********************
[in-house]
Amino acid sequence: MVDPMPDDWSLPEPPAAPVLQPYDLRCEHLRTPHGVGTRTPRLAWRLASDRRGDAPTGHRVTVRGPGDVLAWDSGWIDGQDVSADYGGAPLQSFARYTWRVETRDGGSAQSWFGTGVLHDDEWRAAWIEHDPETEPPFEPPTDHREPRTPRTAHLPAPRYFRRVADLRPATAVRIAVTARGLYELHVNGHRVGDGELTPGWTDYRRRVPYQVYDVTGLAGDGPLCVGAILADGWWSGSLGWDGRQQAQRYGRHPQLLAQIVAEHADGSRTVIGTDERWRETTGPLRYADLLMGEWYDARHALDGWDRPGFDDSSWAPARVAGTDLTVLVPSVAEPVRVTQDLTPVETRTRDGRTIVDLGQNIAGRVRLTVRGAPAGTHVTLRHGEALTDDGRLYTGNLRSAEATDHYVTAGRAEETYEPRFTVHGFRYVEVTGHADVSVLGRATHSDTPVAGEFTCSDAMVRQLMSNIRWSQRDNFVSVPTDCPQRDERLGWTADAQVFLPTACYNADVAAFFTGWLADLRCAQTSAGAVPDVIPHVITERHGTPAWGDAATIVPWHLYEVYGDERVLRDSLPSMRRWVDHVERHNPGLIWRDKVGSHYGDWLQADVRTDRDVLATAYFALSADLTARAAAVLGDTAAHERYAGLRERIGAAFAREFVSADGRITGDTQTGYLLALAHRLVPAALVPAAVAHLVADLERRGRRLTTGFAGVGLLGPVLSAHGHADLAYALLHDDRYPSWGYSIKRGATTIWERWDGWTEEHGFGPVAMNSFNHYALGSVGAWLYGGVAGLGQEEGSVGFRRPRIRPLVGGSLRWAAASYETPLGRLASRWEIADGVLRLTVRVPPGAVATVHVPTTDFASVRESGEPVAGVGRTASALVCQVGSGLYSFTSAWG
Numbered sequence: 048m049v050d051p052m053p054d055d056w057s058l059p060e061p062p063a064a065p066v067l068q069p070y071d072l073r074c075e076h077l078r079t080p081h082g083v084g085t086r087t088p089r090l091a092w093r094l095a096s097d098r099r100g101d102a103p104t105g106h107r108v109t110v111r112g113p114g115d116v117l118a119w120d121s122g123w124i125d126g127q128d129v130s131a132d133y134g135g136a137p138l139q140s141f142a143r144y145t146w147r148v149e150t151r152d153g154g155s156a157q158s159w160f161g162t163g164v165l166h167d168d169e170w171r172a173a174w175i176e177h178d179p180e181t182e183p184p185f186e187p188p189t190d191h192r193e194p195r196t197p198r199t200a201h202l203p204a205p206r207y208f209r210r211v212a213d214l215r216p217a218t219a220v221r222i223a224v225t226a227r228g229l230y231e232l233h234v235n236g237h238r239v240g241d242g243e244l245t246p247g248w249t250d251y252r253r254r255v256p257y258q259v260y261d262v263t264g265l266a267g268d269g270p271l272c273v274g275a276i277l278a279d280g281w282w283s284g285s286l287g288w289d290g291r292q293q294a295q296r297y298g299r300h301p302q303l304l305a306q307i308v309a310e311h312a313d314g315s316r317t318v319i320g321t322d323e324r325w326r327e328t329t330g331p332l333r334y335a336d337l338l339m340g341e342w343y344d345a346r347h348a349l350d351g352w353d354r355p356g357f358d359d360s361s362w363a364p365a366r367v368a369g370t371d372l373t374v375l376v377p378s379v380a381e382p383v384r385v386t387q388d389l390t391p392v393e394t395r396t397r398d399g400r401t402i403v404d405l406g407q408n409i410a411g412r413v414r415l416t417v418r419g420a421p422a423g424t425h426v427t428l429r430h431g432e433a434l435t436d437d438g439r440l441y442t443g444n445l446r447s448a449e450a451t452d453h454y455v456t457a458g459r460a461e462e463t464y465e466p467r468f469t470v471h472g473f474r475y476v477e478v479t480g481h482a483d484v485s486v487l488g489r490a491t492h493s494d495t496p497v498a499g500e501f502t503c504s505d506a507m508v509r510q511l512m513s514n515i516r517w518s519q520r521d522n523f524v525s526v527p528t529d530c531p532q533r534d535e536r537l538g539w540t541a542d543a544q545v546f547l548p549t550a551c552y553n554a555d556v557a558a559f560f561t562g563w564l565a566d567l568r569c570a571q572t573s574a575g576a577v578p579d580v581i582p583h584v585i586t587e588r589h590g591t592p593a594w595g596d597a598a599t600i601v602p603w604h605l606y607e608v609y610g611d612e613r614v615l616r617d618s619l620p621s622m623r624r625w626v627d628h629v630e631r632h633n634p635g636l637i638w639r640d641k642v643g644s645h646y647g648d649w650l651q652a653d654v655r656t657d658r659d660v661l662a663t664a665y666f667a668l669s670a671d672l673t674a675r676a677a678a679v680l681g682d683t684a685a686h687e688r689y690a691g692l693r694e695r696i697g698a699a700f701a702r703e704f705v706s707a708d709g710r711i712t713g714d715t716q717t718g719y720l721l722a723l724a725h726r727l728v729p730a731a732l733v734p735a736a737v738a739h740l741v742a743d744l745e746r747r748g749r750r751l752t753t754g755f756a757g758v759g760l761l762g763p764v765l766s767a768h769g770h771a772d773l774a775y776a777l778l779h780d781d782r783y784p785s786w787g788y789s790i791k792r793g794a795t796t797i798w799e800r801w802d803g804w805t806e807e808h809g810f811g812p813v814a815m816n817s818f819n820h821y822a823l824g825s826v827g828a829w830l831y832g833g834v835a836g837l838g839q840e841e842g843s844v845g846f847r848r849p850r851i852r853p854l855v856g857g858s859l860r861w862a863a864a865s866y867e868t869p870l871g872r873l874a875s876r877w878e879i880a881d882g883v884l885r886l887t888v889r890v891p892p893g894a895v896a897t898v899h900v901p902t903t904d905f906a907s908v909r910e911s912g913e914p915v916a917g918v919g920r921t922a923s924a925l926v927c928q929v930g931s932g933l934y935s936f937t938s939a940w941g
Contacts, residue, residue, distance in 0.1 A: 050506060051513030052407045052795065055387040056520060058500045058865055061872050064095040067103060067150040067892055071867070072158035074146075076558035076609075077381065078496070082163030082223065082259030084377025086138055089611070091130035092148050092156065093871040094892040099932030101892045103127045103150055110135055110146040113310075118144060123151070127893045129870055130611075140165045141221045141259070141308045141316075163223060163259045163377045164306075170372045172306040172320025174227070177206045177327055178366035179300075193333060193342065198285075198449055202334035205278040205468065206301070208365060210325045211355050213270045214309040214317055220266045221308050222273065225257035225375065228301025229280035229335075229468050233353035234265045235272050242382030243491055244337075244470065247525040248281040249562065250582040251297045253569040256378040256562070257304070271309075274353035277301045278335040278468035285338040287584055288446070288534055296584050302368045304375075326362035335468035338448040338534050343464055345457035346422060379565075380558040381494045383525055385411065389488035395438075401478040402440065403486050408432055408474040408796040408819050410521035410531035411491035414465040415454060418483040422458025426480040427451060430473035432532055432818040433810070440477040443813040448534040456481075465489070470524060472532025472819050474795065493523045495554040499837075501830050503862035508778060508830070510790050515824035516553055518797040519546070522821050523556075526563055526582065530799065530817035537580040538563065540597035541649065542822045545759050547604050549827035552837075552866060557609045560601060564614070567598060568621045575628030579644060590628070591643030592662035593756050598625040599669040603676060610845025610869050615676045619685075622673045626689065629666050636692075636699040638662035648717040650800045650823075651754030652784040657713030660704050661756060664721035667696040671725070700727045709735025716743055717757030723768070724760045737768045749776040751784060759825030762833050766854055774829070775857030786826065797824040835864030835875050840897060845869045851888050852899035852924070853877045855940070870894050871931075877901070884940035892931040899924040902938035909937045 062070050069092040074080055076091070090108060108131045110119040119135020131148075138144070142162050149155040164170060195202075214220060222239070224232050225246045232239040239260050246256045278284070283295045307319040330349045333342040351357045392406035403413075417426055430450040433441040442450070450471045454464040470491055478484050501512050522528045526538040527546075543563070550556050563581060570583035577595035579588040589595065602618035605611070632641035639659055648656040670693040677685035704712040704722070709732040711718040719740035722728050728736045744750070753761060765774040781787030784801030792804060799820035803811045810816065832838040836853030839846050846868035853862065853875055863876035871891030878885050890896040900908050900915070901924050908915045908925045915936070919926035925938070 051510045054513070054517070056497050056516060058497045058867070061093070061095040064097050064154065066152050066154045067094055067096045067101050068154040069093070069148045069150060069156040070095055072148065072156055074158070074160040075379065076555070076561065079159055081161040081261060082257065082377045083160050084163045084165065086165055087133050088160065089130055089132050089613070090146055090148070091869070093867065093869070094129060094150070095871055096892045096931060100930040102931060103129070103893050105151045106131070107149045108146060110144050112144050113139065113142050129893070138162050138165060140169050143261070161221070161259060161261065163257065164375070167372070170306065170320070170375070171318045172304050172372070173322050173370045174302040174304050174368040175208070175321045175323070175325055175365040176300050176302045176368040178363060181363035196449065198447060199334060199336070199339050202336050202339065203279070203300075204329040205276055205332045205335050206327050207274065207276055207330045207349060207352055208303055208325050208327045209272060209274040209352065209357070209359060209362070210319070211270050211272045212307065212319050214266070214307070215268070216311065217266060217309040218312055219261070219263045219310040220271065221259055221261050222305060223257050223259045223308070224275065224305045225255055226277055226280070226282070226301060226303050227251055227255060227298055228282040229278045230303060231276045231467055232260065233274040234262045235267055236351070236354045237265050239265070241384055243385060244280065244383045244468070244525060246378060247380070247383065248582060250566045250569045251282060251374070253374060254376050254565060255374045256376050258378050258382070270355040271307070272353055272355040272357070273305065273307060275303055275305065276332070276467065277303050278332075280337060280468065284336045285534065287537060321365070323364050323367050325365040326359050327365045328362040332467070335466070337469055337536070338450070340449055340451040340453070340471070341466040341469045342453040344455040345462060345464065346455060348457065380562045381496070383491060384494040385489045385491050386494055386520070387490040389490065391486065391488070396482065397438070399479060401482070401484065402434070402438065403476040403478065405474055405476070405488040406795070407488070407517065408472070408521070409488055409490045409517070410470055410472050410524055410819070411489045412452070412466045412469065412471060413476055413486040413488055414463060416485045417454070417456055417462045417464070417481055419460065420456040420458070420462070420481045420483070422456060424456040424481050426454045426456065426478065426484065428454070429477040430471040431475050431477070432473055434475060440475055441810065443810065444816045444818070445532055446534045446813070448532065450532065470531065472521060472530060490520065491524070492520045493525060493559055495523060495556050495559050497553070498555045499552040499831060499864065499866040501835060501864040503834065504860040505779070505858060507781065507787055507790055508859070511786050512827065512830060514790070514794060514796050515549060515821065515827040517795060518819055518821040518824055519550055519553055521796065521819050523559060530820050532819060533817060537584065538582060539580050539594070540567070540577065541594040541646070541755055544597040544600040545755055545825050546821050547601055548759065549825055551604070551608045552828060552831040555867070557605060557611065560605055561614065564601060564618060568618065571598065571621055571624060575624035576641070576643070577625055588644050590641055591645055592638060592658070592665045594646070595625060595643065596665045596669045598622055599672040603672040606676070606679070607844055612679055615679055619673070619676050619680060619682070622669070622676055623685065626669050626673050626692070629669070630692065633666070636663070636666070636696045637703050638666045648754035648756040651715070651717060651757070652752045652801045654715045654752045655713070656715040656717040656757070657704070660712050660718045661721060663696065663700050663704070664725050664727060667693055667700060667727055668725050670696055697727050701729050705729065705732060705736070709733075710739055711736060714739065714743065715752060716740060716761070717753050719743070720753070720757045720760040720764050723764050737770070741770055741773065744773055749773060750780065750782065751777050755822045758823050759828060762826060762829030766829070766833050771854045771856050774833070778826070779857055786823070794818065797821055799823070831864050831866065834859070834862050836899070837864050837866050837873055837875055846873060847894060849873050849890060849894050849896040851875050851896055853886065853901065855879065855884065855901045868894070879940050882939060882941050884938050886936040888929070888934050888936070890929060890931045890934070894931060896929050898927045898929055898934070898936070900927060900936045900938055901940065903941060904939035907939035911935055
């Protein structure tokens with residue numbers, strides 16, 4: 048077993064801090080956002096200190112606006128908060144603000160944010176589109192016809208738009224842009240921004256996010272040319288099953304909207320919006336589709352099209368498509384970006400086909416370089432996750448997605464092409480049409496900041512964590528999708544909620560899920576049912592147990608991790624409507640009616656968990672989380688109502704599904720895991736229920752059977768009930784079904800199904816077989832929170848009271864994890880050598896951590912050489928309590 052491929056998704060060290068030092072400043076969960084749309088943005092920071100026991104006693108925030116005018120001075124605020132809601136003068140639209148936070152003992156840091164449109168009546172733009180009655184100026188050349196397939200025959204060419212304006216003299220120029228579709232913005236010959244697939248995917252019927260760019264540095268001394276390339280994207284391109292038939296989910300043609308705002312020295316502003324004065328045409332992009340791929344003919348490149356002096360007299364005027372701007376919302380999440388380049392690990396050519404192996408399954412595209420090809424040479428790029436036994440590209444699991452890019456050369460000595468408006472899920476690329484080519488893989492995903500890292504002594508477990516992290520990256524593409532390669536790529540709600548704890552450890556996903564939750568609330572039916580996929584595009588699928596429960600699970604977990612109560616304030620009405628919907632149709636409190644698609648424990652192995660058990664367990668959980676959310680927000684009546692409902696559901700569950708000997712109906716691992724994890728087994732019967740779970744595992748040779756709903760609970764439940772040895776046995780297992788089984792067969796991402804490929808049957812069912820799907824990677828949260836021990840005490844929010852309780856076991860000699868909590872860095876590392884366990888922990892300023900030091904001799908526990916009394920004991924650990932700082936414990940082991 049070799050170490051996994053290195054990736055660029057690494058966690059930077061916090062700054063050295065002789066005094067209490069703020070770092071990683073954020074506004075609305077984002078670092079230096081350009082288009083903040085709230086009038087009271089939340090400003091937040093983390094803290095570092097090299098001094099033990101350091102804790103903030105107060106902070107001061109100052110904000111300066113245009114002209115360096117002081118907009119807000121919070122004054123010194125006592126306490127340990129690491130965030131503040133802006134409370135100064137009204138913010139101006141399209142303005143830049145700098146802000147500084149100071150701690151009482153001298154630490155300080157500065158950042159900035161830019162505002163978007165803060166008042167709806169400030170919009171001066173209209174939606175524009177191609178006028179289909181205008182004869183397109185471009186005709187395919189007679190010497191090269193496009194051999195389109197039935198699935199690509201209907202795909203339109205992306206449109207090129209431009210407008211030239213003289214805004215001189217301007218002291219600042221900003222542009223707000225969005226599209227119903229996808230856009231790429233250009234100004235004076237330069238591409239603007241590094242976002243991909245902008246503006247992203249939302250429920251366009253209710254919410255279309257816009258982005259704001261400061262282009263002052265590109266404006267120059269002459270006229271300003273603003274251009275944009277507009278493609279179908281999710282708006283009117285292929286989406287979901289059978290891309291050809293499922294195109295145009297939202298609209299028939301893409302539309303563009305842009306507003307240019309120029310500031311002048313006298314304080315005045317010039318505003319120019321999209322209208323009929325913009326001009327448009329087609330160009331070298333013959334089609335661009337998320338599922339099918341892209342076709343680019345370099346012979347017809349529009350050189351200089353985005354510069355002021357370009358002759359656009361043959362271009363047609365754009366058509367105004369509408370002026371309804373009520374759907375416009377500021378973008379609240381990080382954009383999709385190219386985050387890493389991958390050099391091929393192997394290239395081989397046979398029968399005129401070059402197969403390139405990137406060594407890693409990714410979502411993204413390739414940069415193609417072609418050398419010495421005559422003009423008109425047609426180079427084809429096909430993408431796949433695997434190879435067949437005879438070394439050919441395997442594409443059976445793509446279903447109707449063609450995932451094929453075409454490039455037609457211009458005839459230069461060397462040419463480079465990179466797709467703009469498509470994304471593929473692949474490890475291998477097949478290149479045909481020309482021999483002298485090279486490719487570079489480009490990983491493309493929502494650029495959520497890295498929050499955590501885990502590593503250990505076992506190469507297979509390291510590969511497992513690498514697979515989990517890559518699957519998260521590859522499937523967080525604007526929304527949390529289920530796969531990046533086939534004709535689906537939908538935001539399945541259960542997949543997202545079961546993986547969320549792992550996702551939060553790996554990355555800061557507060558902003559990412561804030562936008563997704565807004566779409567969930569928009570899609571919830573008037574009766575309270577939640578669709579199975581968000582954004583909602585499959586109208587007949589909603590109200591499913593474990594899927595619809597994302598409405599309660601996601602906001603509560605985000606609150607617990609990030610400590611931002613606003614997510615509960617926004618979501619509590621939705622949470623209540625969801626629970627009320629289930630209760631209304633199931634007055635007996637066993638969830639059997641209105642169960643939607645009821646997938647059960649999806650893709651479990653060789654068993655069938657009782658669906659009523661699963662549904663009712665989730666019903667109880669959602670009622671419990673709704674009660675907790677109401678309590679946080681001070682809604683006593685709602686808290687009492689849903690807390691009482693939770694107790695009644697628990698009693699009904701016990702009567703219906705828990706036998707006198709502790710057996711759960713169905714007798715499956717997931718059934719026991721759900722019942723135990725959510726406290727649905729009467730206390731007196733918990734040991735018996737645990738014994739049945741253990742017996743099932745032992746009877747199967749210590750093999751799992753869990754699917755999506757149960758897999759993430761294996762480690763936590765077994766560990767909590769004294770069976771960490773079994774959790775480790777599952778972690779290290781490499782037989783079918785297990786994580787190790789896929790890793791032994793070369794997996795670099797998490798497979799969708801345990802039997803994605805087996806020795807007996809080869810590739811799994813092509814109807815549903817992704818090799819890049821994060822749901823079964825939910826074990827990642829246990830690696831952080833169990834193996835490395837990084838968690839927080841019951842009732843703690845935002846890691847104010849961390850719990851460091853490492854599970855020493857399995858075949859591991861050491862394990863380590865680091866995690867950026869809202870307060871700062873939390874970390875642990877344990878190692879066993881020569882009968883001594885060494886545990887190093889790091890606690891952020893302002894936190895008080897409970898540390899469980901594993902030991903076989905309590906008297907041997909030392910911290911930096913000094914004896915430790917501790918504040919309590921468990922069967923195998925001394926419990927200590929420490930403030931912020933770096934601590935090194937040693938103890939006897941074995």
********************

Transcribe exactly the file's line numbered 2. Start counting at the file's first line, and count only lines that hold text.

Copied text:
Amino acid sequence: MVDPMPDDWSLPEPPAAPVLQPYDLRCEHLRTPHGVGTRTPRLAWRLASDRRGDAPTGHRVTVRGPGDVLAWDSGWIDGQDVSADYGGAPLQSFARYTWRVETRDGGSAQSWFGTGVLHDDEWRAAWIEHDPETEPPFEPPTDHREPRTPRTAHLPAPRYFRRVADLRPATAVRIAVTARGLYELHVNGHRVGDGELTPGWTDYRRRVPYQVYDVTGLAGDGPLCVGAILADGWWSGSLGWDGRQQAQRYGRHPQLLAQIVAEHADGSRTVIGTDERWRETTGPLRYADLLMGEWYDARHALDGWDRPGFDDSSWAPARVAGTDLTVLVPSVAEPVRVTQDLTPVETRTRDGRTIVDLGQNIAGRVRLTVRGAPAGTHVTLRHGEALTDDGRLYTGNLRSAEATDHYVTAGRAEETYEPRFTVHGFRYVEVTGHADVSVLGRATHSDTPVAGEFTCSDAMVRQLMSNIRWSQRDNFVSVPTDCPQRDERLGWTADAQVFLPTACYNADVAAFFTGWLADLRCAQTSAGAVPDVIPHVITERHGTPAWGDAATIVPWHLYEVYGDERVLRDSLPSMRRWVDHVERHNPGLIWRDKVGSHYGDWLQADVRTDRDVLATAYFALSADLTARAAAVLGDTAAHERYAGLRERIGAAFAREFVSADGRITGDTQTGYLLALAHRLVPAALVPAAVAHLVADLERRGRRLTTGFAGVGLLGPVLSAHGHADLAYALLHDDRYPSWGYSIKRGATTIWERWDGWTEEHGFGPVAMNSFNHYALGSVGAWLYGGVAGLGQEEGSVGFRRPRIRPLVGGSLRWAAASYETPLGRLASRWEIADGVLRLTVRVPPGAVATVHVPTTDFASVRESGEPVAGVGRTASALVCQVGSGLYSFTSAWG